It is believed that government provides the names to the police so as to prevent students from leaving unless they repay the monies owed or lodge appropriate security.
Persons on bail pending trial for a criminal offence may not be allowed to leave the country and their names would appear on the list. These person would have to apply to the High Court for permission to travel.
However, Joseph said, there are other cases which could be described as administrative excessiveness, where the name of a person is placed on the list without proper confirmation as to why the person was being held. He said many people are being prevented from travelling under these circumstances.
Persons may not know their names are on the list until they arrive at the airport. According to a police source, notices are not sent - as is required - to people whose names are on the blacklist informing them of such.
The police source admitted that there are names of persons on the list who are not charged, but were being investigated for criminal offences. Other law enforcement agencies, such as the Customs Anti- Narcotics Unit would submit names of persons being investigated in connection with criminal activities. These persons would be stopped at the airport if they attempt to leave.
Walter Rodney ..............Bonita Harris
The origin of the blacklist
Attorney-at-law Lloyd Joseph who had represented a student who had been prevented from leaving Guyana in 1978, said that the blacklist became a term used in the 70's because of its arbitrary use by the police.
He said the police would tell people "you are on the blacklist." Joseph said: "There was a time in the history of our country when there was a lot of fear and many people were leaving the country surreptitiously because they feared government persecution or prosecution. ...things were happening and many people sought to leave rather discreetly. The police had established a list of names of persons who had contracts with the government and others and that list was used indiscriminately ... and that is how it began."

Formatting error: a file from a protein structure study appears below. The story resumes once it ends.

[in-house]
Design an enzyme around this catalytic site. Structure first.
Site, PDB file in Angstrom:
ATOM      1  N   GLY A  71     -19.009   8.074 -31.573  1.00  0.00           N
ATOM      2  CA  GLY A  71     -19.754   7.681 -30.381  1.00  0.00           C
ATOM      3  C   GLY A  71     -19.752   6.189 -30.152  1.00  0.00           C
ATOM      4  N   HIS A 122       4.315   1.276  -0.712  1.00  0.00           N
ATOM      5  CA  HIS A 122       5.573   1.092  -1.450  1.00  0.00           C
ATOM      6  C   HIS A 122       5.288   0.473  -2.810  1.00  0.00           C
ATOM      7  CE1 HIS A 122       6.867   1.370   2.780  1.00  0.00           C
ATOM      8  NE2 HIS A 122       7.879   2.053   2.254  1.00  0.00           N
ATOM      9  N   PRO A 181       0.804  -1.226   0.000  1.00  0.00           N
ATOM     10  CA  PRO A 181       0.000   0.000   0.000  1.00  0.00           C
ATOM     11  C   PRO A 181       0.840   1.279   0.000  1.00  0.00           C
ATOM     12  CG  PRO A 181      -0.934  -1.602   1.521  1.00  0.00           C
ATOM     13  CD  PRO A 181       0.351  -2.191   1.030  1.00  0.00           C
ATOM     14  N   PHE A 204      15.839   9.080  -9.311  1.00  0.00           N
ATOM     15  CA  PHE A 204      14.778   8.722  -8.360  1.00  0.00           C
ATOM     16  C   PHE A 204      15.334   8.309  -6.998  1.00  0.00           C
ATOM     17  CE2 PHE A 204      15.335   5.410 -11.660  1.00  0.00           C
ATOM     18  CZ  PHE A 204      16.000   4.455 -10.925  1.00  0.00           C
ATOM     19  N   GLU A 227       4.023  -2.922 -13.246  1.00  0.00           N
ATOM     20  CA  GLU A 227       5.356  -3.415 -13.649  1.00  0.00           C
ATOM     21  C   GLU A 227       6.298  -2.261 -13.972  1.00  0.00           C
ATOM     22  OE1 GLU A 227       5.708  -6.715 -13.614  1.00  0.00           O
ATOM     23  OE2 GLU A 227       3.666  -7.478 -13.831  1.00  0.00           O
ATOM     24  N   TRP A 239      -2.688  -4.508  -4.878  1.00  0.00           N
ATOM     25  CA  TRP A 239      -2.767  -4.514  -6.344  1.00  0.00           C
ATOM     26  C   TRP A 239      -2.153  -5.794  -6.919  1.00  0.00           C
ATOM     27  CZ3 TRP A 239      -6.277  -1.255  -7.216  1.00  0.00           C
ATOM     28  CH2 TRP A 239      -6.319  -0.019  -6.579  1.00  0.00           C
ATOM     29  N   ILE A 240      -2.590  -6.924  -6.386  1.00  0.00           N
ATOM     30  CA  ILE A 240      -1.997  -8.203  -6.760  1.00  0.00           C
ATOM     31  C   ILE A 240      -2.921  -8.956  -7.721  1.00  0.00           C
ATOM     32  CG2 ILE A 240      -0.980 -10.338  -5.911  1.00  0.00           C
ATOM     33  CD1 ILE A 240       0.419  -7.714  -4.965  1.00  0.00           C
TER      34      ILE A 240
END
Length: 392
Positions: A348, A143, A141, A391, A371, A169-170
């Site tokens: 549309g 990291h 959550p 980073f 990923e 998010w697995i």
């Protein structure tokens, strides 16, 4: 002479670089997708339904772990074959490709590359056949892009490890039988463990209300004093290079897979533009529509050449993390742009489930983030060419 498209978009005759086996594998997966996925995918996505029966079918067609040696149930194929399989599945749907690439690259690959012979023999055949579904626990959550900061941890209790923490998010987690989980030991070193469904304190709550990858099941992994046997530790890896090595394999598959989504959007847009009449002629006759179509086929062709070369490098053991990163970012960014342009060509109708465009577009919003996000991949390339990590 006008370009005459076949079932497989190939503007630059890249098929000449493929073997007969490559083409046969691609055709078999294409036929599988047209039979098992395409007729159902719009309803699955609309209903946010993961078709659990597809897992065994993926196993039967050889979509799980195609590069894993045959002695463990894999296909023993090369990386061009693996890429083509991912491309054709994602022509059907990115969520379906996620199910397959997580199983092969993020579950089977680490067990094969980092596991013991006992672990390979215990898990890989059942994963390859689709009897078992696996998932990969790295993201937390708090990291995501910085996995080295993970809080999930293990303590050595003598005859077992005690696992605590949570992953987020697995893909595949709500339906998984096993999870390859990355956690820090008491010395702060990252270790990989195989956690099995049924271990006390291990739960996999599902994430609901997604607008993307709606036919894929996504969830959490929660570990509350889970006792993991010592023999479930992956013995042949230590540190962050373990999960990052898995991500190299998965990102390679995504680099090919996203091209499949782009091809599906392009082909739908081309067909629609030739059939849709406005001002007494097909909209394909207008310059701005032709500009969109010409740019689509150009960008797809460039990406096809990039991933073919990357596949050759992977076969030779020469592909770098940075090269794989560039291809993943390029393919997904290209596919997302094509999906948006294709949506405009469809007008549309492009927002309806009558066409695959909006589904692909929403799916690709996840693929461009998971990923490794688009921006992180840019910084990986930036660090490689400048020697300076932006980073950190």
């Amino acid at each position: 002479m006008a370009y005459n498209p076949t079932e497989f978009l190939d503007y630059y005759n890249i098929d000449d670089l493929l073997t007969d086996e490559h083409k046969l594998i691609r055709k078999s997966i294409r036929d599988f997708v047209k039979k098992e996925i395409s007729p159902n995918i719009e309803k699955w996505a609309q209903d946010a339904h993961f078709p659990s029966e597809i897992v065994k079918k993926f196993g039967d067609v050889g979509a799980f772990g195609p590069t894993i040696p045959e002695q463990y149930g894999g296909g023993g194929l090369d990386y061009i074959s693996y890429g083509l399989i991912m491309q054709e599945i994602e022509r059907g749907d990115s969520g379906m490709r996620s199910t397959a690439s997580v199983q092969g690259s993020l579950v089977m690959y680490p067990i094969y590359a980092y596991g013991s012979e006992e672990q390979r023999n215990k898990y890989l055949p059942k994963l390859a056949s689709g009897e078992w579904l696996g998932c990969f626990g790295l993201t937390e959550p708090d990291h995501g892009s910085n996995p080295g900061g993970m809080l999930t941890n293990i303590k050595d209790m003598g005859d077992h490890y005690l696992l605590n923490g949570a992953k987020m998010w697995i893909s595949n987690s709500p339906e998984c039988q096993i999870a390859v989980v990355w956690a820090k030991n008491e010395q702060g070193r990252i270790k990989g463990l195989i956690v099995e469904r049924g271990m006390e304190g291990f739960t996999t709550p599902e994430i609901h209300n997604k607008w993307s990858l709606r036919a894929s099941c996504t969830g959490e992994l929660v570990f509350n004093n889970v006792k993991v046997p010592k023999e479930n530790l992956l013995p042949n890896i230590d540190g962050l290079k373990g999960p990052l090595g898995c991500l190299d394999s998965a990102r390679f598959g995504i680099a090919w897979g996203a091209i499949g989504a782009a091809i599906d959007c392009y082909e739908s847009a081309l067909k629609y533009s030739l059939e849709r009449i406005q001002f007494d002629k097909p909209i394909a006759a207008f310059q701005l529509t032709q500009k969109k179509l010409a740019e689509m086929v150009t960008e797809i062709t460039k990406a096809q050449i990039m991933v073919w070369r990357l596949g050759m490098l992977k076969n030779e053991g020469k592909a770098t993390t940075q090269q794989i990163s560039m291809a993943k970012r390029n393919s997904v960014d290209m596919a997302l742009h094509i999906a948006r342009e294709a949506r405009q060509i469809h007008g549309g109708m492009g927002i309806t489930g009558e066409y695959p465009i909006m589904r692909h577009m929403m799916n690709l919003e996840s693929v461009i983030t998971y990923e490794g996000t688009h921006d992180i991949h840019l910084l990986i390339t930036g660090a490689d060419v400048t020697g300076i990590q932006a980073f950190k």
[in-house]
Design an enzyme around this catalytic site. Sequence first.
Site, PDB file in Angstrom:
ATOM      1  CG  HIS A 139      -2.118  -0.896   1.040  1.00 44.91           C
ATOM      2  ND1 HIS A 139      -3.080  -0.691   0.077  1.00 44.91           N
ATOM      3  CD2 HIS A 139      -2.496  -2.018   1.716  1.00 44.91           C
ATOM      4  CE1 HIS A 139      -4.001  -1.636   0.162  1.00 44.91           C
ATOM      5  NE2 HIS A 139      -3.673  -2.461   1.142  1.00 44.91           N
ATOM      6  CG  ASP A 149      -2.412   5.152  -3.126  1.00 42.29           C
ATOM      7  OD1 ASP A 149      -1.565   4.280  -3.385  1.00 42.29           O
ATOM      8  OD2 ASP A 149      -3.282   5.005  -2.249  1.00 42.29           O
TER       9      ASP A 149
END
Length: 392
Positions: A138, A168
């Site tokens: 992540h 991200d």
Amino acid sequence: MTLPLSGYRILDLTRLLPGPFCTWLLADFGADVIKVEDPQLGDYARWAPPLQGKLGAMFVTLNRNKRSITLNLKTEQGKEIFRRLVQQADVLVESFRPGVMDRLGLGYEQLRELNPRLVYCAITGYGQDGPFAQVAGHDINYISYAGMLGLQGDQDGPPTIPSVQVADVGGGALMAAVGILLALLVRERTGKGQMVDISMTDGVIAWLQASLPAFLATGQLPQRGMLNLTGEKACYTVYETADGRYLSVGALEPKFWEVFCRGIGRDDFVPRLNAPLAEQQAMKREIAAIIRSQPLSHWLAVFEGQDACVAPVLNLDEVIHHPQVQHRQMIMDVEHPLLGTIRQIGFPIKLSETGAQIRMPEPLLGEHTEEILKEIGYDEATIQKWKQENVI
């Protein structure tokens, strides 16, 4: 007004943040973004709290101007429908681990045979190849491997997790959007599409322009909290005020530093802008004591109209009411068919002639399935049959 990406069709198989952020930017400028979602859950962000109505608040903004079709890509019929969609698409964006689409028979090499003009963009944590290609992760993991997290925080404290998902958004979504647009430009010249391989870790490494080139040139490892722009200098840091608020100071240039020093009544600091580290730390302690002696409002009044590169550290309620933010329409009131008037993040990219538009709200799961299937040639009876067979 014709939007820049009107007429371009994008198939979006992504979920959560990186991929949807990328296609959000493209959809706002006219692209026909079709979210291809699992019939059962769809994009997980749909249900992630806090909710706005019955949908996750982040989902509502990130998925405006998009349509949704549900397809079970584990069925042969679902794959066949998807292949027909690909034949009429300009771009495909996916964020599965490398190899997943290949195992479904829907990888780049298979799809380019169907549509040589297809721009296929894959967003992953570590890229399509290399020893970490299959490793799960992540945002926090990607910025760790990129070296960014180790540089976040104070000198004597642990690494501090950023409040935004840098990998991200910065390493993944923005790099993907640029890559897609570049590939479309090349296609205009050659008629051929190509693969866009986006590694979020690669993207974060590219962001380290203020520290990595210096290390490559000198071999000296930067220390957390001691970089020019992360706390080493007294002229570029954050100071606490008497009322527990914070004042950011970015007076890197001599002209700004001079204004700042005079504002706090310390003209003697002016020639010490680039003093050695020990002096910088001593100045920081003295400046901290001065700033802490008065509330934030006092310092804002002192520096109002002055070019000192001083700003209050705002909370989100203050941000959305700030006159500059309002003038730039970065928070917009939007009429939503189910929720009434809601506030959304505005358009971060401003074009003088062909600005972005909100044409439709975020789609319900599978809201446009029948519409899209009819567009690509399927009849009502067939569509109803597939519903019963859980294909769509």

Political activist and co-leader of the Working People's Alliance Dr Rupert Roopnaraine recalled being one of several party members that the list was used indiscriminately against in the 70's and 80's. He said using a book called the WPA Recognition Hand Book, produced by the administration of the late Forbes Burnham in the 70's and which contained bio-data and photographs of WPA activists, several of them were prevented from leaving the country.
Dr Roopnaraine recalled June of 1981, one year after the leader of the WPA, Walter Rodney had been assassinated, when he was prevented from leaving the country for the UK and Germany to participate in first anniversary ceremonies to mark Rodney's death.
He said he arrived at the airport and was told that he had been blacklisted and was not permitted to travel. As a result a civil action was filed in the High Court against the then government's decision to restrict him from leaving the country.
Dr Roopnaraine said that on challenging the police who had stopped him, he was told that he could not travel because he had been charged with arson. The WPA leader said he subsequently left via the 'backtrack' (illegal exit) route. On his return, through the Timehri Airport, he was met by several immigration officers who asked for his exit stamp. He said they notified him that he would be summonsed.
WPA executives Andaiye, Eusi Kwayana and Clive Thomas were also prevented from leaving the country. Civil actions challenging the government's decision to prevent them from travelling had also been filed in the High Court. Dr Roopnaraine noted that these cases had all been won.
He also remembered Dr Rodney being prevented from leaving as well. He said it was in January 1980, when the WPA hero was on his way to attend Zimbabwe's independence celebrations. He also subsequently left via the 'backtrack' route.